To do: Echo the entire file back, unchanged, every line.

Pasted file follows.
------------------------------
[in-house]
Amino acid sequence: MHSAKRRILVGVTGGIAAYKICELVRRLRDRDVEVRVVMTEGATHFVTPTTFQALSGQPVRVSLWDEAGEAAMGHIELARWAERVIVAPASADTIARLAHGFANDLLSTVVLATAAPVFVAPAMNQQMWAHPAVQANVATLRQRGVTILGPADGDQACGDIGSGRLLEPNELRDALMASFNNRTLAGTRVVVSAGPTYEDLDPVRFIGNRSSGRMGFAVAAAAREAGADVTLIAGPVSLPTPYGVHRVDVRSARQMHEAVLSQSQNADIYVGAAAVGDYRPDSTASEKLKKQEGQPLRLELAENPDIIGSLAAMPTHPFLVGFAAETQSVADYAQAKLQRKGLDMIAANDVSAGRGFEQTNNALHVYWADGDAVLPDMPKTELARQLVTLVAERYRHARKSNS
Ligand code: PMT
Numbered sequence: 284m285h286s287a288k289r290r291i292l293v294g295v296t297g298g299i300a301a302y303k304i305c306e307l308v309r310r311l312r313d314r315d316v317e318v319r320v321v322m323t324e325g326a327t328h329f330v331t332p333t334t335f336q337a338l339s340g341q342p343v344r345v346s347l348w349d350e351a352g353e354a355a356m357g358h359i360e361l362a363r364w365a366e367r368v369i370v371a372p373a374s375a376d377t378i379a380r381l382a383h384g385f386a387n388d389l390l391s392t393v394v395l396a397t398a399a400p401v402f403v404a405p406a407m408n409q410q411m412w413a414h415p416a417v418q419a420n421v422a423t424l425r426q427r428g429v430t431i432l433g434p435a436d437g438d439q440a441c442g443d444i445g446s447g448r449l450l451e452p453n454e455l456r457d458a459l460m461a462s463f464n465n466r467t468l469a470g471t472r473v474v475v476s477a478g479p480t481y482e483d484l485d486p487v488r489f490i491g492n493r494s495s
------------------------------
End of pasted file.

[in-house]
Amino acid sequence: MHSAKRRILVGVTGGIAAYKICELVRRLRDRDVEVRVVMTEGATHFVTPTTFQALSGQPVRVSLWDEAGEAAMGHIELARWAERVIVAPASADTIARLAHGFANDLLSTVVLATAAPVFVAPAMNQQMWAHPAVQANVATLRQRGVTILGPADGDQACGDIGSGRLLEPNELRDALMASFNNRTLAGTRVVVSAGPTYEDLDPVRFIGNRSSGRMGFAVAAAAREAGADVTLIAGPVSLPTPYGVHRVDVRSARQMHEAVLSQSQNADIYVGAAAVGDYRPDSTASEKLKKQEGQPLRLELAENPDIIGSLAAMPTHPFLVGFAAETQSVADYAQAKLQRKGLDMIAANDVSAGRGFEQTNNALHVYWADGDAVLPDMPKTELARQLVTLVAERYRHARKSNS
Ligand code: PMT
Numbered sequence: 284m285h286s287a288k289r290r291i292l293v294g295v296t297g298g299i300a301a302y303k304i305c306e307l308v309r310r311l312r313d314r315d316v317e318v319r320v321v322m323t324e325g326a327t328h329f330v331t332p333t334t335f336q337a338l339s340g341q342p343v344r345v346s347l348w349d350e351a352g353e354a355a356m357g358h359i360e361l362a363r364w365a366e367r368v369i370v371a372p373a374s375a376d377t378i379a380r381l382a383h384g385f386a387n388d389l390l391s392t393v394v395l396a397t398a399a400p401v402f403v404a405p406a407m408n409q410q411m412w413a414h415p416a417v418q419a420n421v422a423t424l425r426q427r428g429v430t431i432l433g434p435a436d437g438d439q440a441c442g443d444i445g446s447g448r449l450l451e452p453n454e455l456r457d458a459l460m461a462s463f464n465n466r467t468l469a470g471t472r473v474v475v476s477a478g479p480t481y482e483d484l485d486p487v488r489f490i491g492n493r494s495s